Vector is a new, lightweight, resource-efficient and flexible log collector, aggregator and forwarder. I have written about Vector before and after using for a couple of different projects, I’m really fond of the characteristics of the tool, its documentation and ease of use.
Ease of use also applies to Grafana Cloud: instead of having to set up Prometheus, Loki, Grafana et al. yourself (and keep them up to date, monitor resource usage, …), all these services are available online - Grafana Cloud even includes a generous free tier! While there is various documentation on how to set up the Grafana Agent for shipping logs to their managed Loki service, I couldn’t find much for third-party tools. As you will see in this post, the setup is not difficult, it just took me a couple of attempts to find the correct settings, thus I want to share them here.
# Create Access Policy
An Access Policy is a rule that allows (or denies) certain actions in your Grafana Cloud environment. From the Grafana Cloud Portal, switch to the “Security” > “Access Policies” tab and create a new one named “Push Logs” with the following settings:
- Realms: name of your stack
Then add a new token for this access policy: give the token a descriptive name (such as
homelab-vector-log-forwarding) so you can later identify where this token is used and for what purpose.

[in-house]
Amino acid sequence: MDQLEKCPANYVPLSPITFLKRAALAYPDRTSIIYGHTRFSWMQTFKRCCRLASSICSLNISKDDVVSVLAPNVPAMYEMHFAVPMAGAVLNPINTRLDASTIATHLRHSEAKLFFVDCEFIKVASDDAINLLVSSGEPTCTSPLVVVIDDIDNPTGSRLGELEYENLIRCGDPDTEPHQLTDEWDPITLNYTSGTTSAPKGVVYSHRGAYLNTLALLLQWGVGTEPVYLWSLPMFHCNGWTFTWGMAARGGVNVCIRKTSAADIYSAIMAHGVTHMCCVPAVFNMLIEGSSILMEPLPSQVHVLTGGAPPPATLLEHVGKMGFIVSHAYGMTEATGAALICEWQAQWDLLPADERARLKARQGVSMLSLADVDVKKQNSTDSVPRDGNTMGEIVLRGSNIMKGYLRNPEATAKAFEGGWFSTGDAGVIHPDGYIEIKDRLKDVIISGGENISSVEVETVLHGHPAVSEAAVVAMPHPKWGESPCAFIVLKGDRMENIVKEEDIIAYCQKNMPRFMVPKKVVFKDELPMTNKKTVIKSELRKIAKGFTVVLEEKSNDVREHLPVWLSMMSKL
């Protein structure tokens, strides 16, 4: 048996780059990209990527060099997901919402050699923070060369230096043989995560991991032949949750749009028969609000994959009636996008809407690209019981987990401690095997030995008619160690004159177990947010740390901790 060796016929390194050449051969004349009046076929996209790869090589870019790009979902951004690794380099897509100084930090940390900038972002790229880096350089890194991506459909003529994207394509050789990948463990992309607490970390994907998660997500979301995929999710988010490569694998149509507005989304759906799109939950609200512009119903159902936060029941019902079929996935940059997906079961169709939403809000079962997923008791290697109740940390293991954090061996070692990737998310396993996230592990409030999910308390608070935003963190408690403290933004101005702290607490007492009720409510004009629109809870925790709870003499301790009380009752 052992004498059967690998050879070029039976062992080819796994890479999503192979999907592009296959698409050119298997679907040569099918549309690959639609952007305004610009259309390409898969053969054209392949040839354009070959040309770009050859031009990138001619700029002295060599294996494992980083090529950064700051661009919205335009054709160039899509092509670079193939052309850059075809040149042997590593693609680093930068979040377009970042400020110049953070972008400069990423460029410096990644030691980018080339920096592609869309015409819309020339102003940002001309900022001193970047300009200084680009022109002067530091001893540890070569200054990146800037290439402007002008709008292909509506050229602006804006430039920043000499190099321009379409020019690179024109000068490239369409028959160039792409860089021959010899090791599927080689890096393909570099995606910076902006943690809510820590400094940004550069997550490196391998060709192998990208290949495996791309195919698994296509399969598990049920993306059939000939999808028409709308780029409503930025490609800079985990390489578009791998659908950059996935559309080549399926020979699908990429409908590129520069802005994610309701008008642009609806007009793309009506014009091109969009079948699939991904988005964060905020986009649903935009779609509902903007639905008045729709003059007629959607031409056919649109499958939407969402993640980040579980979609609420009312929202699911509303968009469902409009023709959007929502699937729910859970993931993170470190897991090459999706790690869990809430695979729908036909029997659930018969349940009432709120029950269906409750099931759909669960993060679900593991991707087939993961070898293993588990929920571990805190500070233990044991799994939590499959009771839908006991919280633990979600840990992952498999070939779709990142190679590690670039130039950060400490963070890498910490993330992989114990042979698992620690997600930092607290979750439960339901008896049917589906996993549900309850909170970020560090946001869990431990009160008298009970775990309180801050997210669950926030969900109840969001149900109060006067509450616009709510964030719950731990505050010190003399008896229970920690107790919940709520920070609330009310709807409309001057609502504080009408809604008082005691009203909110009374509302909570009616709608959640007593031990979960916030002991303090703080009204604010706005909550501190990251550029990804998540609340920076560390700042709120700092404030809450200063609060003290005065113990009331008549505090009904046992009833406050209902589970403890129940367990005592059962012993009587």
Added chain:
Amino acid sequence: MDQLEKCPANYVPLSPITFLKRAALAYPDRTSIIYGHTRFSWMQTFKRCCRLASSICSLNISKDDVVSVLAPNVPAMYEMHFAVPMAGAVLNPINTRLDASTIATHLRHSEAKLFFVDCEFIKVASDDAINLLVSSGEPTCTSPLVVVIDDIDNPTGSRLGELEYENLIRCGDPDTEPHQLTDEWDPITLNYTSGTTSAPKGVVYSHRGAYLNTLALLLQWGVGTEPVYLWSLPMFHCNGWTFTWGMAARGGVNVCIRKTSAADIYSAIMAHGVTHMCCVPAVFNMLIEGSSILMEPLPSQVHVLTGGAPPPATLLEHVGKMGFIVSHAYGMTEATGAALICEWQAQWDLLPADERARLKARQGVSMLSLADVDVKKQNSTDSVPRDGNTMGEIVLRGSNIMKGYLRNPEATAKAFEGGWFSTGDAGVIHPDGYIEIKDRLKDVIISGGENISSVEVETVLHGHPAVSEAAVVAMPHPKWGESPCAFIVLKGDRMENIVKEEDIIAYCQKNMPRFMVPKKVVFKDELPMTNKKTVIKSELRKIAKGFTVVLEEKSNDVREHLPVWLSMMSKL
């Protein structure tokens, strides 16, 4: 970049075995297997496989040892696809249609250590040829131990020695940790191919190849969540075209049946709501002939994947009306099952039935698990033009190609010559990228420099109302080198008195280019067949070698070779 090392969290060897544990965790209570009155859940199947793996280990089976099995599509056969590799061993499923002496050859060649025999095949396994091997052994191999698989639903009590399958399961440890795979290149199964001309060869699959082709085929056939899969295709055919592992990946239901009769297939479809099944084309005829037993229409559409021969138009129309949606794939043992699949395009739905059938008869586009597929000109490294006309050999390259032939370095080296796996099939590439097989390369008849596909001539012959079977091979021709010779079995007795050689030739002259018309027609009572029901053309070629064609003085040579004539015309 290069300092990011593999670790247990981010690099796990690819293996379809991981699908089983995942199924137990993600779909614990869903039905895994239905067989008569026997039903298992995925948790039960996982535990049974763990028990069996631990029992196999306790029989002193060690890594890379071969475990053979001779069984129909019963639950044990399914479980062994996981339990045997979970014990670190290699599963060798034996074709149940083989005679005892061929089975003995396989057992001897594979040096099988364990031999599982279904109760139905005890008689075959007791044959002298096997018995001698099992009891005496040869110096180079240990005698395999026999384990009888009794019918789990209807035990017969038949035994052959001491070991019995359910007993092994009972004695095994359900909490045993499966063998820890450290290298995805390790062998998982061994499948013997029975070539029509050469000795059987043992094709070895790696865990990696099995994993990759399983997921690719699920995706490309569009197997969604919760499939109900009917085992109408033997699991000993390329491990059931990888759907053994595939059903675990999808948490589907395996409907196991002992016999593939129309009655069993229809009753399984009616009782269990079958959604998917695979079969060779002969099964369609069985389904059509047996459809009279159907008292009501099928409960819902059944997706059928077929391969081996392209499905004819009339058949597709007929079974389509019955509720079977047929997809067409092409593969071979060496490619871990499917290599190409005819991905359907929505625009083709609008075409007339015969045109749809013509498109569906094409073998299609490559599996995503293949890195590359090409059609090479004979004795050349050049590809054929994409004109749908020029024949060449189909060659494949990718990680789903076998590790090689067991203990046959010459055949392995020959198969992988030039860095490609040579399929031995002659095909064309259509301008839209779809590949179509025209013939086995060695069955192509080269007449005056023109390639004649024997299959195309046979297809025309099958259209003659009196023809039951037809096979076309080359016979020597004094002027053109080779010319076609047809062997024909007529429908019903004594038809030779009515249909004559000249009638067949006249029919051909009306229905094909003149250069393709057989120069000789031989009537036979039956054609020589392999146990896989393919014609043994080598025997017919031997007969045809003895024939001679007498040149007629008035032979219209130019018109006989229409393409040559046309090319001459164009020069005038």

Make sure you copy the
token that gets shown after clicking on “Create”.
The final result should look roughly like this:
# Configure vector
Vector comes with a built-in “sink” (destination) for sending logs to a Loki instance. While the documentation outlines all possible configuration settings, it took me quite a while to find the right combination of settings that allowed sending logs to Grafana Cloud. Sending to a managed Loki service also requires a few more configuration settings compared to a locally hosted, unauthenticated instance (see for example here).
The configuration below (tested with Vector 0.32) first sets up a dummy source that produces random logs (read more about it here), which get consumed by the loki sink.
auth.password parameter should be set to the token generated in the previous step.
It’s a good practice to note down the name of the token as well.
The URL and user ID can be found in the Grafana Cloud Portal after clicking on “Loki” > “Details”:
It is not necessary to insert any special fields or add labels to the logs for Grafana Cloud’s Loki.
Somewhat surprisingly, also the
tenant_id does not need to be specified.
It’s recommended to the
snappy compression with
JSON formatting, as this will send logs in the efficient Protocol Buffers (“protobuf”) binary format (instead of a text representation).
If any of the configuration parameters is incorrect, Vector will complain about it during startup thanks to its health checks.